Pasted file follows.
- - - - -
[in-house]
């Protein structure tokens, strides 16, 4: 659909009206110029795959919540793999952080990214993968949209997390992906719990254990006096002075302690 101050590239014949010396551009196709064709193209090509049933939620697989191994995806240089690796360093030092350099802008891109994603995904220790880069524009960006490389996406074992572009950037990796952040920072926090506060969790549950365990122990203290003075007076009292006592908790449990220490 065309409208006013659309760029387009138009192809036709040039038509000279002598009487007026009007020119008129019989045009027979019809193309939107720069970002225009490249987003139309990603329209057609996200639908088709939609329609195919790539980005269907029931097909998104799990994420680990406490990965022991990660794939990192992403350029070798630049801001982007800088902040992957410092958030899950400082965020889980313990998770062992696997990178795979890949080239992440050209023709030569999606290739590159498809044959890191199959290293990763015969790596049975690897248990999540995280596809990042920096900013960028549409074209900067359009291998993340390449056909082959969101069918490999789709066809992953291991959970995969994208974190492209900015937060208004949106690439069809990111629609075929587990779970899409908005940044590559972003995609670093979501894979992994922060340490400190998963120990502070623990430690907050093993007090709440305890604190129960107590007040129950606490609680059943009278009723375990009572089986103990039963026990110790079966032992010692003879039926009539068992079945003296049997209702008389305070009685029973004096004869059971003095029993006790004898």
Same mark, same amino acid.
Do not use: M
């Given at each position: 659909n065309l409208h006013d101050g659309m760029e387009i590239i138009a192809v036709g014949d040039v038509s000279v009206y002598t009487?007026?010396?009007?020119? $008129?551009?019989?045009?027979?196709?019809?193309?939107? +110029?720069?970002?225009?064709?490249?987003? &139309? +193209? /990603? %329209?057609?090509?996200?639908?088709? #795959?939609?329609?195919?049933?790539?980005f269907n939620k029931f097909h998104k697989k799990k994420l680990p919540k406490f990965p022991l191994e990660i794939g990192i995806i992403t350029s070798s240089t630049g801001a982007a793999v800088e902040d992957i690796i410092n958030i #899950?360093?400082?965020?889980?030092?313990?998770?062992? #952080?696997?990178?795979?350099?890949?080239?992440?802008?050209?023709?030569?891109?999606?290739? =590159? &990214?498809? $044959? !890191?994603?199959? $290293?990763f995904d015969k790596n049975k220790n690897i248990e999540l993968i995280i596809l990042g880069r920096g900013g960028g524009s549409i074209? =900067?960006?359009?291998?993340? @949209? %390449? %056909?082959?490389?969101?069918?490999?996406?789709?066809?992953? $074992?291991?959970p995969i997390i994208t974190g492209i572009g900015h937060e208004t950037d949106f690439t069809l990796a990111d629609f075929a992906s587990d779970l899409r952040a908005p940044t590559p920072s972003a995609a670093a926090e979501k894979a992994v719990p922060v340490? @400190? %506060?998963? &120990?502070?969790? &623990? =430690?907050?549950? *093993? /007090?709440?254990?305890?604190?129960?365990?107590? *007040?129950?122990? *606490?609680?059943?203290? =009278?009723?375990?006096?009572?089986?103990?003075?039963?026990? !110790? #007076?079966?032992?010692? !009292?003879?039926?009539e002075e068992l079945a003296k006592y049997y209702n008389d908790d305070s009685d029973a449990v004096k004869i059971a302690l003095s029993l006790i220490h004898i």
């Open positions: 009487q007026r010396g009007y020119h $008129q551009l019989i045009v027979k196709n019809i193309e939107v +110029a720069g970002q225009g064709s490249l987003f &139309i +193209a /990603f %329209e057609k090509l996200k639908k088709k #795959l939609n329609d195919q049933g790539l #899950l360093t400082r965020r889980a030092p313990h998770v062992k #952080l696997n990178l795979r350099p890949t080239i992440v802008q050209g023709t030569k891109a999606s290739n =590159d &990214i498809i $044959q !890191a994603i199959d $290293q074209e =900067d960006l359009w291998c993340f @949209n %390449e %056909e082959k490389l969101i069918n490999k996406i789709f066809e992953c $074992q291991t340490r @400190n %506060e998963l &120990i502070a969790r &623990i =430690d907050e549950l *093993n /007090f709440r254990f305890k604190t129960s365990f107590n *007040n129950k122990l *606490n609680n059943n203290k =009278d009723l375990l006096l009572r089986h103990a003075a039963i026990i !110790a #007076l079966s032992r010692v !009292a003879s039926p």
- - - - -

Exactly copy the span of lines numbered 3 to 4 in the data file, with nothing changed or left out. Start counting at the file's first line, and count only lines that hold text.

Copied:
Same mark, same amino acid.
Do not use: M